B.A., Zoology: University of California, Berkeley, 1968.
M.A., Biology: University of Oregon, 1969.
Ph.D., Biology: Boston University, 1991. Dr. R. B. Primack, thesis advisor. Thesis topic: "The Evolution and Natural History of Ginkgo biloba L." Research on this project extended over a three year period and involved travel to eastern China (fall of 1989) and to South Carolina.
Professional and Administrative Experience
Senior Research Scientist, Arnold Arboretum of Harvard University
(July 2003 to present)
In this capacity, I am in charge of developing a research program utilizing the living collections of the Arnold Arboretum, focusing on ecological monitoring issues, including phenology, invasive species, soil conditions, pathology, and hydrology. I am also utilizing the Arboretum’s collections for research on the taxonomy and cultivation of specific plant genera, notably Tsuga and Stewartia.
Lecturer, Harvard University Graduate School of Design (1992 to present)
Since 1992, I have had an appointment as a lecturer, which initially involved teaching a seven-week course “Plants and Design” to second year graduate students in Landscape Architecture at the GSD. I am still teaching the course today, which covers plant identification, plant ecology, and site evaluation. In the fall of 2000 and 2001, I taught a course on “Sustainable Landscapes.” Since the fall of 2003, I have been working half-time at the GSD, and am now teaching one full semester course: “Rebuilding Devastated Landscapes” (fall) and a new module on soils to second year students (“Plants and Technology II”).
Director of Living Collections of the Arnold Arboretum of Harvard University
(May 1992 to July 2003)
I managed the Living Collections Department, consisting of eight staff members and fourteen unionized grounds crew working in maintenance, propagation, and plant records sub-departments. Ultimately I was responsible for overseeing all aspects of planning, development, and maintenance for the Arboretum's collections, spread out over 265 acres, and consisting of some 17,000 accessioned plants. The primary purpose of these collections is scientific in nature, and my responsibility was to oversee their research use by Arboretum staff as well as by scientists from other academic institutions. My own interests during this time period included the morphology and ecology of sprouting in gymnosperms; the development of form in woody plants; and the growth and physiology of plant root systems.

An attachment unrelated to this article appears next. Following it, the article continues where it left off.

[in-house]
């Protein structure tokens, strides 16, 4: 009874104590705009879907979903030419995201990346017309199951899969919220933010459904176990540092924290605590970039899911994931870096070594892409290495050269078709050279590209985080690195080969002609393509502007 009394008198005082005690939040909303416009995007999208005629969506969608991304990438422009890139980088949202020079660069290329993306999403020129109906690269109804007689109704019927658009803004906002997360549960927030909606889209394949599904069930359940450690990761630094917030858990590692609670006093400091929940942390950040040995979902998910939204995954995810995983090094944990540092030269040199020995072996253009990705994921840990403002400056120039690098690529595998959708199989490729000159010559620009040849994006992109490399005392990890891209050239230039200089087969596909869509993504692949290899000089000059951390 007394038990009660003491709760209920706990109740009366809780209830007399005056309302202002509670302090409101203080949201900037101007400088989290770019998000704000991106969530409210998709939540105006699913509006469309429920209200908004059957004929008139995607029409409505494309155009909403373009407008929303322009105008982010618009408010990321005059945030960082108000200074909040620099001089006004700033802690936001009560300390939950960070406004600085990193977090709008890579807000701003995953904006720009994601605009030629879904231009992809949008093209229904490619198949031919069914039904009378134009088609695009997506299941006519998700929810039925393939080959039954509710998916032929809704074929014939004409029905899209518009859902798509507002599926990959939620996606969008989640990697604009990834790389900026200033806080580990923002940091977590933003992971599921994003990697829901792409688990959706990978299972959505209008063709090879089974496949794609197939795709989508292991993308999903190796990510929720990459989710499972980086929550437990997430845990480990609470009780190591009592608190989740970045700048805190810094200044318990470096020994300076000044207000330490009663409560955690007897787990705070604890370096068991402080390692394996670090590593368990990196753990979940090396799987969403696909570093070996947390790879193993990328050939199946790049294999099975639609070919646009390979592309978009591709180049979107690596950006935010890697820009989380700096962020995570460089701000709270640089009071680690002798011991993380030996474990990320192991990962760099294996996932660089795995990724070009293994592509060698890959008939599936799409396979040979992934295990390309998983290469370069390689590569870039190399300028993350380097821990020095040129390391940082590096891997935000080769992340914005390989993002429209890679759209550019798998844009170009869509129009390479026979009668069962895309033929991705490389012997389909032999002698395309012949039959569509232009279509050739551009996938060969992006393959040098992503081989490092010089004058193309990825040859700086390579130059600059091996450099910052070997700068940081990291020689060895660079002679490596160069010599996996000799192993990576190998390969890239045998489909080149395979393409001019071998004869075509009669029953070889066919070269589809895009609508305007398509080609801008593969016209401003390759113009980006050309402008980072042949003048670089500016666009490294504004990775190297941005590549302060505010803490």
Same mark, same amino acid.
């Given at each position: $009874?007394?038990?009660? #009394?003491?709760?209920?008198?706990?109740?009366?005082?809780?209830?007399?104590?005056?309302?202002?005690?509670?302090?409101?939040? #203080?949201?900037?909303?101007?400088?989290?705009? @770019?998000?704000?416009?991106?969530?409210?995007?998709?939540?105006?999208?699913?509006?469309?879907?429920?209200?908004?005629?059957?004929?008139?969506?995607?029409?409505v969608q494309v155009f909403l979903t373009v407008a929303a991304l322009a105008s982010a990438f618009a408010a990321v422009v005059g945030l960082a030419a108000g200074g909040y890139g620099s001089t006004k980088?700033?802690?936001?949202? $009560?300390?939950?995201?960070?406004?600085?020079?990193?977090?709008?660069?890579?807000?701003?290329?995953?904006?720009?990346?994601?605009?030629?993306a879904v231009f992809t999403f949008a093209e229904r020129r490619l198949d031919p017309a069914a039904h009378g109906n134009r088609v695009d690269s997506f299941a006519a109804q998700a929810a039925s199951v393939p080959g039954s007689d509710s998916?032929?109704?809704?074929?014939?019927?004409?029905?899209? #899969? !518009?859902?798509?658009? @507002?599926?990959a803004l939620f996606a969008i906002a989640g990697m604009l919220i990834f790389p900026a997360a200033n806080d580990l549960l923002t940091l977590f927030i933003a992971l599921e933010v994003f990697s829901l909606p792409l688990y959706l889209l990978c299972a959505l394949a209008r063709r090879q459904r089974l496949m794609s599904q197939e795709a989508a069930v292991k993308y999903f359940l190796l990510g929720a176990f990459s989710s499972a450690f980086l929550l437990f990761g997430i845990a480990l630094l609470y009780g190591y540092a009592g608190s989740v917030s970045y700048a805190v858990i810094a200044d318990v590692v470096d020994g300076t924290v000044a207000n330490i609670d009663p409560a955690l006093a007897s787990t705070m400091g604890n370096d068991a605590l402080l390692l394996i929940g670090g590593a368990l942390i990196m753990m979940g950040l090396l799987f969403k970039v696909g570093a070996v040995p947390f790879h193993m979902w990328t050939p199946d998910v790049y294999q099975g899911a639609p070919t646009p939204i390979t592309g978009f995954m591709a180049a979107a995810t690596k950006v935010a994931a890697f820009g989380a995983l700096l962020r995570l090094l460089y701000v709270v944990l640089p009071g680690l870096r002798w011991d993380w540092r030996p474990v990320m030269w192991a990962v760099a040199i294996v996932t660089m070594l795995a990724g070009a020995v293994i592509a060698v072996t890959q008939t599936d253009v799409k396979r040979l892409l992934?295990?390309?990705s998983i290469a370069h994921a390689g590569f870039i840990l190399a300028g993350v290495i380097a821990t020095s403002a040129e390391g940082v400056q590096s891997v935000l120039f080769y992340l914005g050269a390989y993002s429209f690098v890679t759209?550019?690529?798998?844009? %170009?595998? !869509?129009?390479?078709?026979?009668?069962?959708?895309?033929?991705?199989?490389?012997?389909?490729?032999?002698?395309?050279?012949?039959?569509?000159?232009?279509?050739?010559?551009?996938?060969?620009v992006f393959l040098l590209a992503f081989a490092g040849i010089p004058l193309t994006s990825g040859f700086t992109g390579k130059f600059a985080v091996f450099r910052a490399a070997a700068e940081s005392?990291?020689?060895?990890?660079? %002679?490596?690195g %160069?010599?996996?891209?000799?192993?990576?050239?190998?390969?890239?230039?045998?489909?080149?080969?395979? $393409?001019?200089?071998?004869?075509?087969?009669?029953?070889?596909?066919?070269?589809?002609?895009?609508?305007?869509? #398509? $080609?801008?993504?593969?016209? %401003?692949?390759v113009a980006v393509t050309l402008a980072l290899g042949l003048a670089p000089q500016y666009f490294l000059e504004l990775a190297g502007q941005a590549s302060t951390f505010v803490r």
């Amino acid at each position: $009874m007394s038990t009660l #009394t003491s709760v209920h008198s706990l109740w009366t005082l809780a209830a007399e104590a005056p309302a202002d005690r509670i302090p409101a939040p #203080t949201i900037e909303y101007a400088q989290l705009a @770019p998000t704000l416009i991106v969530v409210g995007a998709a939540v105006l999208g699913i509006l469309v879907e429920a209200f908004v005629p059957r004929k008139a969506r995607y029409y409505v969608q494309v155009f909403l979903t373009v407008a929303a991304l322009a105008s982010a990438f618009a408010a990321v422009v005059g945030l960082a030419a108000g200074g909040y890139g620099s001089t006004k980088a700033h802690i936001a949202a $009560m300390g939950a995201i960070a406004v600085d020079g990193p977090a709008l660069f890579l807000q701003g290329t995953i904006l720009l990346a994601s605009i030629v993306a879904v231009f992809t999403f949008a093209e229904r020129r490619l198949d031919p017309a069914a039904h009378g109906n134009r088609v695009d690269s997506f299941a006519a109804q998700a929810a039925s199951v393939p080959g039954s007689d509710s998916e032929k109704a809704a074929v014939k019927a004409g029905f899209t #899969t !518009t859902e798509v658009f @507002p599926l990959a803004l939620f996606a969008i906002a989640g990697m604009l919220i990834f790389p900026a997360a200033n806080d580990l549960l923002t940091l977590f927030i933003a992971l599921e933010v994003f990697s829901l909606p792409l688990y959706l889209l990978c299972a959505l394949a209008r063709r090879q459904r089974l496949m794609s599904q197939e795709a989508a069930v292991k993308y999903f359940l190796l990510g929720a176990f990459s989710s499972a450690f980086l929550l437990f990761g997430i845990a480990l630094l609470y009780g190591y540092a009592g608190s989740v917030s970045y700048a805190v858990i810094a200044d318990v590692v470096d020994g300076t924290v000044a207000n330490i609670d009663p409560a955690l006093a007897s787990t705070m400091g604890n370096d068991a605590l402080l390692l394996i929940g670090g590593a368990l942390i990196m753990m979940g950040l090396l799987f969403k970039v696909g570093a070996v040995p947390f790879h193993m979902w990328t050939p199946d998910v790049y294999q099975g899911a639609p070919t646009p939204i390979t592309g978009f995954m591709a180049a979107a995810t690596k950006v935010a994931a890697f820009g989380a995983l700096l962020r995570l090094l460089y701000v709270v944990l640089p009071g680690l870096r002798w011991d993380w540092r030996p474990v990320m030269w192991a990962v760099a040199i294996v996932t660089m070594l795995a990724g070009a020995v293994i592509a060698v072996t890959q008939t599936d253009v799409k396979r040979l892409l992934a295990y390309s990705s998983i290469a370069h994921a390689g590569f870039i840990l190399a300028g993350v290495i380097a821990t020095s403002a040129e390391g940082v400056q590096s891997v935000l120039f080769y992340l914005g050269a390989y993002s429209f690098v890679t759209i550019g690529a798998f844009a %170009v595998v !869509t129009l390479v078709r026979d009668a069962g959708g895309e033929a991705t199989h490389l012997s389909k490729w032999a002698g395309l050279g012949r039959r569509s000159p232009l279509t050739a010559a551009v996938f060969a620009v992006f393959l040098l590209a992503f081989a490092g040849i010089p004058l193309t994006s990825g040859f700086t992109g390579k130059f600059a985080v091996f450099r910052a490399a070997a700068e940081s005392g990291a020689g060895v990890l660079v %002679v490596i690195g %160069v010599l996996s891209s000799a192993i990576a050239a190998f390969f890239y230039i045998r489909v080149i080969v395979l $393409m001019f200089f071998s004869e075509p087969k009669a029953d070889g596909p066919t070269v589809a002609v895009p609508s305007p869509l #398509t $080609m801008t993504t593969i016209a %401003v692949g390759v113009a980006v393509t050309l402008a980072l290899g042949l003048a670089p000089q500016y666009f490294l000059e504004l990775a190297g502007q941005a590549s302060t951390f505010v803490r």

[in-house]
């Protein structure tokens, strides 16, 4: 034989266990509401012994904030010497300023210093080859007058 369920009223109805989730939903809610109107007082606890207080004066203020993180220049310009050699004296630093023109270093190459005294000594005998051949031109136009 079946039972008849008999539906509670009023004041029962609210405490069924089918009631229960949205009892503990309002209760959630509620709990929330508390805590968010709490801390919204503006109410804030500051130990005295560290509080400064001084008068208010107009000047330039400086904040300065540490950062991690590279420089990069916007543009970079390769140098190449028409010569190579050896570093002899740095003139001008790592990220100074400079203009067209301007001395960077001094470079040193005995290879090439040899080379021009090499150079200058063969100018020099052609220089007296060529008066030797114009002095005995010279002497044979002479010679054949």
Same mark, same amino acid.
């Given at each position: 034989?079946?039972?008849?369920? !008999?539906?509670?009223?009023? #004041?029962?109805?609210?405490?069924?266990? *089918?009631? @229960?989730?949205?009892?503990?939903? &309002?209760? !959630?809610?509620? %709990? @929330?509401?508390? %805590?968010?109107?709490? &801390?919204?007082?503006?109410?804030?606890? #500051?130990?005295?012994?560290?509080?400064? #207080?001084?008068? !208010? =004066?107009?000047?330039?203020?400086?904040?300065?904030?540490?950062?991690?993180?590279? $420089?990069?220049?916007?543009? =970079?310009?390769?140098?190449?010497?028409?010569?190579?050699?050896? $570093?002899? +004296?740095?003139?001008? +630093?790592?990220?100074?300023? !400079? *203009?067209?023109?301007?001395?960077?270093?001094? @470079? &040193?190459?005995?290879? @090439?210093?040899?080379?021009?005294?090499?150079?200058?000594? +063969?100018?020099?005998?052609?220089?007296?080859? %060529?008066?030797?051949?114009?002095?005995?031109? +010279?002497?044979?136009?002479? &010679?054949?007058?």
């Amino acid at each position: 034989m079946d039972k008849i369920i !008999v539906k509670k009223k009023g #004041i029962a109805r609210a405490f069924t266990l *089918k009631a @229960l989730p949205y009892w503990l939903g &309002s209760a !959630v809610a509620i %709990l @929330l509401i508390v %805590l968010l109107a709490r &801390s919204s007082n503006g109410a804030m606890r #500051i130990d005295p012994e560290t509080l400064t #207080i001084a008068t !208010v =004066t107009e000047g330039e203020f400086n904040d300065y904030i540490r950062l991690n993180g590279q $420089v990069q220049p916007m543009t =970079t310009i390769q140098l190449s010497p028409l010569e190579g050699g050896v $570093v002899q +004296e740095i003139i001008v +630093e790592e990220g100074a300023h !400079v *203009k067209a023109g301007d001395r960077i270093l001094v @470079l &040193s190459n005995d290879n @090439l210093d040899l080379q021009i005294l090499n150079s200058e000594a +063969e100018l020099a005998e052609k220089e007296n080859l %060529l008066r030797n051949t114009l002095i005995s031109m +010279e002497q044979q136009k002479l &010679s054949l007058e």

As a representative of the Arboretum, I have participated in eight plant collecting expeditions to China: to Hubei Province in central China (1994), to Zhejiang Province in eastern China to study Ginkgo biloba (1989 and 1995), to Jilin Province in northeast China (1997), to Guizhou Province to observe Ginkgo biloba growing in the wild (2002), to Jiangxi Province in central China to collect Stewartia (2004), to Sichuan Province in southwest China (2005), and to Chongqing Province to study wild Ginkgo (2007). I have also collected a wide variety of plants in various parts of North America.
Editor of Arnoldia, the Magazine of the Arnold Arboretum (1989 to April 1992)
I was responsible for coordinating all phases of the production of this quarterly publication, from soliciting, editing, and writing articles to supervising design, printing, and distribution. In all, I produced fourteen issues of Arnoldia.
Assistant Plant Propagator, Arnold Arboretum (1979 to 1989)
I participated in all aspects of the operation of the Dana Greenhouses and nurseries. I specialized in propagation of woody plants from seed, cuttings, and grafting, and have published on a wide variety of plants at the Arboretum.
Research Technician, Cabot Foundation Laboratories, Harvard Forest, Petersham, Mass. (1972 to 1977)
I was in charge of operating the laboratories and greenhouses and participated in research investigating nitrogen-fixation by non-leguminous trees and shrubs, primarily Comptonia peregrina, the sweet fern. The work culminated with the first successful isolation and in vitro cultivation of an actinobacteria in the genus Frankia. I also worked on the biology of seeds buried in forested soils.
Curator of the Larz Anderson Bonsai Collection (1982 to present)
In this capacity, I have been responsible for all aspects of the care and maintenance of this collection of bonsai trees, which is of the most historically significant bonsai collections in North America.
Awarded a Bullard Fellowship in Forest Research from the Harvard Forest in Petersham, Massachusetts, where I was in residence from September 1, 1999 through March 1, 2000.
Winner of the Arthur Hoyt Scott Medal and Award for 1999, presented annually by the Scott Arboretum of Swarthmore College to either an individual or organization “in recognition of their outstanding national contributions to the science and art of gardening.”
Winner of the Jackson Dawson Medal for 1986, awarded by the Massachusetts Horticultural Society for "skill in the science and practice of hybridization and propagation of plants."